AES New York 2011
Poster Session P21
P21 - Perception
Saturday, October 22, 2:30 pm — 4:00 pm (Room: 1E Foyer)
P21-1 Influence of Different Test Room Environments on IACC as an Objective Measure of Spatial Impression or Spaciousness—Marco Conceição, Trinity College Dublin - Dublin, Ireland, Escola Superior de Musica, Artes e Espectáculo–IPP, Porto, Portugal; Dermot Furlong, Trinity College Dublin - Dublin, Ireland
To investigate the perceptual impression of spaciousness, a physical measure, which relates to listener spaciousness experience, was used. A variable setup was introduced that made possible the control of spaciousness in different rooms. IACC measurements were made using a frontal loudspeaker for the direct sound, with a second loudspeaker for an angled single early reflection positioned in the horizontal plane. Measurements were performed under controlled conditions in which a dummy-head measured Inter Aural Cross Correlation was captured for variable sound fields. It was possible to conclude that there is a similar trend in IACC results from the repetition of the experiments in different rooms. That is, measurement room acoustic details are not crucial to observed trends in IACC variation.
Convention Paper 8555 (Purchase now)
P21-2 The Relationship between Interchannel Time and Level Differences in Vertical Sound Localization and Masking—Hyunkook Lee, University of Huddersfield - Huddersfield, UK
Listening experiments were conducted with a pair of vertically arranged loudspeakers. A group of subjects measured the level of delayed height channel signal at which any subjective effects of the signal became completely inaudible (masked threshold) as well as that at which the perceived sound image was localized fully at the lower loudspeaker (localized threshold), at nine different delay times ranging from 0 to 50 ms. The sound sources were anechoic recordings of bongo and cello performance excerpts. At the delay times up to 5 ms, source type did not have a significant effect for both threshold results and neither threshold varied significantly as the delay time increased. In this time range the average level reduction required for a full image shift was 6~7 dB while that for masking was 9~10dB. At the higher delay times, on the other hand, both thresholds decreased as the delay time increased and the difference between the two sources in both threshold results was significant. Furthermore, the relationship between the two thresholds varied depending on the source type.
Convention Paper 8556 (Purchase now)
P21-3 Observations on Human Sound Source Localization in the Mid-Sagittal Plane and in Anechoic Space—Daniela Toledo, COWI AS - Oslo, Norway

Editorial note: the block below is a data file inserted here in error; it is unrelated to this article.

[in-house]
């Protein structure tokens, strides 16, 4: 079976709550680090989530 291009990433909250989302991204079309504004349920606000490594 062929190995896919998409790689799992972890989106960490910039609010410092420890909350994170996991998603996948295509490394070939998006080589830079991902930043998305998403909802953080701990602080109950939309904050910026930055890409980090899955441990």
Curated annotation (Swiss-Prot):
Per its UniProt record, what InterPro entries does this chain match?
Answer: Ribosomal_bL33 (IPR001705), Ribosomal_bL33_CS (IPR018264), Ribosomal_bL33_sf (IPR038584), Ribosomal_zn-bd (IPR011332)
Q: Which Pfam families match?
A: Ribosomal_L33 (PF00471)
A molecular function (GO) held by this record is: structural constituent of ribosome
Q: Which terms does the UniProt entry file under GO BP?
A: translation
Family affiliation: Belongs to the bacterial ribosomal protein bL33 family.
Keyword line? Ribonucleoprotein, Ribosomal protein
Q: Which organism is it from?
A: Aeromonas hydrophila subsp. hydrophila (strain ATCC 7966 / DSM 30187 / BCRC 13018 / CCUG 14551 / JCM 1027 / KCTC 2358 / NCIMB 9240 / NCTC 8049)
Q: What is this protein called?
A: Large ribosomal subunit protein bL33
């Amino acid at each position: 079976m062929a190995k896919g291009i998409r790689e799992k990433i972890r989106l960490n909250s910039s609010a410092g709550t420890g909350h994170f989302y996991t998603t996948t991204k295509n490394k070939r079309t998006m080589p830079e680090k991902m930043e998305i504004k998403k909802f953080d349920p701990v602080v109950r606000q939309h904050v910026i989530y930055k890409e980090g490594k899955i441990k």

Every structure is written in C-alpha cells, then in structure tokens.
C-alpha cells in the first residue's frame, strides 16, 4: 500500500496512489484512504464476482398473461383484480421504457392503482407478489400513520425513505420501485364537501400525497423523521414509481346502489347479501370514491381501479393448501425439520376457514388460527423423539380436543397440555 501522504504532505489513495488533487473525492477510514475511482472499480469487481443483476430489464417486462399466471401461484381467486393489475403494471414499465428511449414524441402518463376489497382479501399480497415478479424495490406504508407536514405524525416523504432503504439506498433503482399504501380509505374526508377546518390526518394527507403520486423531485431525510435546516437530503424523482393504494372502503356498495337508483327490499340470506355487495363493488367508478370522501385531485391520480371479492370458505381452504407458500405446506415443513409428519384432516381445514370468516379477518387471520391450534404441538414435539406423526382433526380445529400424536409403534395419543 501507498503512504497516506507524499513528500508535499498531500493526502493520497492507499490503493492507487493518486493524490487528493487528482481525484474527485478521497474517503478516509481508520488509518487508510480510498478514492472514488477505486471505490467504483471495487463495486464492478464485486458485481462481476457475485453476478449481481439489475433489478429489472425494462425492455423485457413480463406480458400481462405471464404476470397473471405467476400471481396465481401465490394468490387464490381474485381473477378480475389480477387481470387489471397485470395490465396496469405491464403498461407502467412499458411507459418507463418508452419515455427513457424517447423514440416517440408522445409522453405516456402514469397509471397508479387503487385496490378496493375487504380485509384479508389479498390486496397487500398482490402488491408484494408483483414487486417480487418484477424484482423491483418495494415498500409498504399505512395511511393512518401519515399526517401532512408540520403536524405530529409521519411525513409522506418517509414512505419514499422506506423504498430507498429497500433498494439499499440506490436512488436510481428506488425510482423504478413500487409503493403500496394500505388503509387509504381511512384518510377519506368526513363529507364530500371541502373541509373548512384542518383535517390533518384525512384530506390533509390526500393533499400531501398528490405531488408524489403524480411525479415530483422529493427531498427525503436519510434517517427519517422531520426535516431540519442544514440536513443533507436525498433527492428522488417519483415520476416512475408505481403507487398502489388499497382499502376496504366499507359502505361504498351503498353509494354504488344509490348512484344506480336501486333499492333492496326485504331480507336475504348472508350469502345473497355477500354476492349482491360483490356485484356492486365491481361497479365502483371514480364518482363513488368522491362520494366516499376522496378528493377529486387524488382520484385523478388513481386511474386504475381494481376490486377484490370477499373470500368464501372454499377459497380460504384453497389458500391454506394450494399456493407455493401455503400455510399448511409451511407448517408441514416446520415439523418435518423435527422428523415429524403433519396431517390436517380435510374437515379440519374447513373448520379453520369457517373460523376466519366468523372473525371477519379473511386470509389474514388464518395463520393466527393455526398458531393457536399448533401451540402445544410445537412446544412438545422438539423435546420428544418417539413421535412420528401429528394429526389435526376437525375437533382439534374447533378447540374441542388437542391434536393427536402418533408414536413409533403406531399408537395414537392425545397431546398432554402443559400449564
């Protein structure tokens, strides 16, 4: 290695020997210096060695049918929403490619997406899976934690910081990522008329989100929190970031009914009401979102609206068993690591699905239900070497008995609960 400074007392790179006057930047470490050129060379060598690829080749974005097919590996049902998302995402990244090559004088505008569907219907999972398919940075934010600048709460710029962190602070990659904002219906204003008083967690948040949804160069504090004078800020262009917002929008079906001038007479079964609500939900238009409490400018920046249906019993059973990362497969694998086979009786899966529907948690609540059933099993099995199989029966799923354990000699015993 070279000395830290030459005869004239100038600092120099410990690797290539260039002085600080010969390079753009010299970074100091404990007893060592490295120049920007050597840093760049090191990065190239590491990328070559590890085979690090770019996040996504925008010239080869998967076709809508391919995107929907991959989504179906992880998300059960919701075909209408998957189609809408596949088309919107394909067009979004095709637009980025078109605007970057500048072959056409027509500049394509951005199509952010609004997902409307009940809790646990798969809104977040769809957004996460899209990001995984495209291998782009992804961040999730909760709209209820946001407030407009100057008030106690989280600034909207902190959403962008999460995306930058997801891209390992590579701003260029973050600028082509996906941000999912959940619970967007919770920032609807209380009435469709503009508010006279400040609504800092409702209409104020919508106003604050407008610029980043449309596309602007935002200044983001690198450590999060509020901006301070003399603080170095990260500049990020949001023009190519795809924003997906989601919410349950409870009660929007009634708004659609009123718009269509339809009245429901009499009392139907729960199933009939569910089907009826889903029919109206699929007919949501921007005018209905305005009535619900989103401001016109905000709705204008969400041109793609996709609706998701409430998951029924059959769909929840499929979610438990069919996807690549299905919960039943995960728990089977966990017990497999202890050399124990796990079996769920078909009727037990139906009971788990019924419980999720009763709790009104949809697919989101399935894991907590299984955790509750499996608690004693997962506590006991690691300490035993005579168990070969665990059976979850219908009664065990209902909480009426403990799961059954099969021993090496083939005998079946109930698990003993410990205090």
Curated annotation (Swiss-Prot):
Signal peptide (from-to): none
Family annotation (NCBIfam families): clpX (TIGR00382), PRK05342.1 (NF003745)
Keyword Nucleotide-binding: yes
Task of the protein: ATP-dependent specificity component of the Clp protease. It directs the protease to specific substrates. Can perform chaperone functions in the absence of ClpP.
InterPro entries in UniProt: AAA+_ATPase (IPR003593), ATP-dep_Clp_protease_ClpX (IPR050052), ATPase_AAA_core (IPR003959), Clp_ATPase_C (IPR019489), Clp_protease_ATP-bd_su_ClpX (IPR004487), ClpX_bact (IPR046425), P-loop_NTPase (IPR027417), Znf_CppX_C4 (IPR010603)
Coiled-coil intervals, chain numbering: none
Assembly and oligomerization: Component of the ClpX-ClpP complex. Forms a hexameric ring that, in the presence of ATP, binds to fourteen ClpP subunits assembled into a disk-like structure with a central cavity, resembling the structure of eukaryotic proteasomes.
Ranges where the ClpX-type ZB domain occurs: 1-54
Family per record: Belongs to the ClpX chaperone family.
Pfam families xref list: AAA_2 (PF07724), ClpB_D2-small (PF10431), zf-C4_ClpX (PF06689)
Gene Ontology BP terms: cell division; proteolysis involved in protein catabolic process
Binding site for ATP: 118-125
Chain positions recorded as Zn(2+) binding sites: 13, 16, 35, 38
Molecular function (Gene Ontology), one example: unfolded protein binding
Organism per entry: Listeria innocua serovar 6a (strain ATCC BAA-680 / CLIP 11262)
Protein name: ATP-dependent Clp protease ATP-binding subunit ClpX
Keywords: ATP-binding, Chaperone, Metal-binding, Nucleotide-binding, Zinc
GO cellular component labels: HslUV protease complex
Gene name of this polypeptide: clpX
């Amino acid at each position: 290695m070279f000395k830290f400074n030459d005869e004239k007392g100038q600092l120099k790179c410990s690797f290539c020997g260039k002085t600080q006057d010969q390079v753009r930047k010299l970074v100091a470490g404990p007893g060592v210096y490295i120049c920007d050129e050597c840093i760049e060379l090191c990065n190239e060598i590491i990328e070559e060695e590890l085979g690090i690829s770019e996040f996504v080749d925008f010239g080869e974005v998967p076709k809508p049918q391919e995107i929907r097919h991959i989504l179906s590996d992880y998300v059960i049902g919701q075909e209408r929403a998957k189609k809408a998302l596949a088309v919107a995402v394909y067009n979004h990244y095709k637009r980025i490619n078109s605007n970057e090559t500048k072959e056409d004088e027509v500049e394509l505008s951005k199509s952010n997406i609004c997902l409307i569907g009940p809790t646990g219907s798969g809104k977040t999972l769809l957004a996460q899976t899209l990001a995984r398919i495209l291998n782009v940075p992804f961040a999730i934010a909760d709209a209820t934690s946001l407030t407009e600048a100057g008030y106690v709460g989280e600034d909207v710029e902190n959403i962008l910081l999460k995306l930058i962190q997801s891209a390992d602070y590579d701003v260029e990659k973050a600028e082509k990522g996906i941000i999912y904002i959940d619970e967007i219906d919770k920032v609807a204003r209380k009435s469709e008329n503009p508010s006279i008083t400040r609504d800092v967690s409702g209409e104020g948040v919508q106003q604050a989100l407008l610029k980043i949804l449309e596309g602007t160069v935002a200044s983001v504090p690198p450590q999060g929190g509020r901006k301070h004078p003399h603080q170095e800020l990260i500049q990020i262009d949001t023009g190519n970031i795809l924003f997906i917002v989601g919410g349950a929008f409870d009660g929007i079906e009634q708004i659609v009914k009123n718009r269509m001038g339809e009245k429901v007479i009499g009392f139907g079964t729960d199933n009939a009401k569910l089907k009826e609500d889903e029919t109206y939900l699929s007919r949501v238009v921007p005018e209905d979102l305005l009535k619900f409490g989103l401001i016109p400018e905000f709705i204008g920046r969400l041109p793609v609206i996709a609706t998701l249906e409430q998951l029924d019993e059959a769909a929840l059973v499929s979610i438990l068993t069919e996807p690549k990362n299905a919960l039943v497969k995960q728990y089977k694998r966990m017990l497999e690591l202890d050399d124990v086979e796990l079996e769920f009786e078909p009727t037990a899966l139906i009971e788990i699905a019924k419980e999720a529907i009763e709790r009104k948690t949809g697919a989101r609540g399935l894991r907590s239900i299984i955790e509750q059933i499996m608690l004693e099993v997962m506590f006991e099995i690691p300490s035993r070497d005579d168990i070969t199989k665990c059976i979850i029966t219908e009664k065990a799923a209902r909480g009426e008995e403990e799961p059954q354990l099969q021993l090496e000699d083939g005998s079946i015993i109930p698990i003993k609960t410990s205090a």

A group of 5 subjects who showed consistently biased sound source localization in the mid-sagittal plane with real sound sources and under anechoic conditions is presented. Three of these subjects were also tested with virtual sound sources synthesized with their own individual head-related transfer functions. Localization under both conditions showed similar trends, even though they could not be considered as equivalent. This suggests that binaural technology was close to emulating the aural experience that the subjects had with real sound sources. These cases are presented to discuss different issues inherent to binaural synthesis, like the way in which the technology is validated and the assumptions that serve as a basis for the technology.
Convention Paper 8557 (Purchase now)
P21-4 Reducing the Cost of Audiovisual Content Classification by Experiment—Ulrich Reiter, Norwegian University of Science and Technology – NTNU - Trondheim, Norway
A set of subjective attributes of audiovisual media content, originally suggested by Woszczyk et al. in a 1995 AES Convention paper was examined for suitability for AV content classification tasks. Subjective experiments indicate that the 4x4 matrix of dimensions and attributes as suggested in the original paper can be reduced to a more compact 3x2 design for classification purposes without loss of information about the perceptual properties of the content. This can significantly reduce the cost of content classification by experiment.
Convention Paper 8558 (Purchase now)
P21-5 Quality and Performance Assessment of Wave Field Synthesis Reproducing Moving Sound Sources—Michele Gasparini, Paolo Peretti, Laura Romoli, Stefania Cecchi, Francesco Piazza, Universita Politecnica delle Marche - Ancona, Italy
Reproduction of moving sound sources by Wave Field Synthesis (WFS) arises some specific problems that make static source approach ineffective. An algorithm for the reduction of artifacts and natural representation of the movement effect, based on the synthesis of two virtual sources moving together, has been proposed in a previous work by the same authors. In this paper a practical implementation of the algorithm is presented and evaluated in terms of workload and subjective sound source localization. The influence of some processing parameters on the computational cost has been studied. The sound quality concerning true spatial reproduction is assessed through listening tests and a comparison with previous approaches is reported.
Convention Paper 8559 (Purchase now)
Information Last Updated: 20111005, mei